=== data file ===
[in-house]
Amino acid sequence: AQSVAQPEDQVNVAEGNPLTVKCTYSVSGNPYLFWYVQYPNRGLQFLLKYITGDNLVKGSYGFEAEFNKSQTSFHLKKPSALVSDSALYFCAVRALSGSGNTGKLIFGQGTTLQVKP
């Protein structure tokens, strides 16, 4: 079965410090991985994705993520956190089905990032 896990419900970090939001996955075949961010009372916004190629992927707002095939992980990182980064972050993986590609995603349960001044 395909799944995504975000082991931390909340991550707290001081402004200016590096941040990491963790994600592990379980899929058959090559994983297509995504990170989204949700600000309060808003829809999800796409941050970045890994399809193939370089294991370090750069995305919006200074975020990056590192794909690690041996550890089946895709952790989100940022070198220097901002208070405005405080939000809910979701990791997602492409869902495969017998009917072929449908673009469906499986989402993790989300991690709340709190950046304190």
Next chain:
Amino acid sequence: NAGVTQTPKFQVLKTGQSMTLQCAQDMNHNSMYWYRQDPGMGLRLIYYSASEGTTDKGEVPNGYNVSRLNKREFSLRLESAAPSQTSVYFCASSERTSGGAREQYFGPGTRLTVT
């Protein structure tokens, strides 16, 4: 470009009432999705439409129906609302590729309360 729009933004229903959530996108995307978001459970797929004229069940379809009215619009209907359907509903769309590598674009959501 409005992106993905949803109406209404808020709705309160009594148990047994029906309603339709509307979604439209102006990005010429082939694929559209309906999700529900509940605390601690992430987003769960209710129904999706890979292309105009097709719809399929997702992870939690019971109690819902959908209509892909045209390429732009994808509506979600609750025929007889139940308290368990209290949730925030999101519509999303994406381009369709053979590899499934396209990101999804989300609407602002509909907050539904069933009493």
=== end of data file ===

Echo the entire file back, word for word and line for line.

[in-house]
Amino acid sequence: AQSVAQPEDQVNVAEGNPLTVKCTYSVSGNPYLFWYVQYPNRGLQFLLKYITGDNLVKGSYGFEAEFNKSQTSFHLKKPSALVSDSALYFCAVRALSGSGNTGKLIFGQGTTLQVKP
């Protein structure tokens, strides 16, 4: 079965410090991985994705993520956190089905990032 896990419900970090939001996955075949961010009372916004190629992927707002095939992980990182980064972050993986590609995603349960001044 395909799944995504975000082991931390909340991550707290001081402004200016590096941040990491963790994600592990379980899929058959090559994983297509995504990170989204949700600000309060808003829809999800796409941050970045890994399809193939370089294991370090750069995305919006200074975020990056590192794909690690041996550890089946895709952790989100940022070198220097901002208070405005405080939000809910979701990791997602492409869902495969017998009917072929449908673009469906499986989402993790989300991690709340709190950046304190």
Next chain:
Amino acid sequence: NAGVTQTPKFQVLKTGQSMTLQCAQDMNHNSMYWYRQDPGMGLRLIYYSASEGTTDKGEVPNGYNVSRLNKREFSLRLESAAPSQTSVYFCASSERTSGGAREQYFGPGTRLTVT
């Protein structure tokens, strides 16, 4: 470009009432999705439409129906609302590729309360 729009933004229903959530996108995307978001459970797929004229069940379809009215619009209907359907509903769309590598674009959501 409005992106993905949803109406209404808020709705309160009594148990047994029906309603339709509307979604439209102006990005010429082939694929559209309906999700529900509940605390601690992430987003769960209710129904999706890979292309105009097709719809399929997702992870939690019971109690819902959908209509892909045209390429732009994808509506979600609750025929007889139940308290368990209290949730925030999101519509999303994406381009369709053979590899499934396209990101999804989300609407602002509909907050539904069933009493």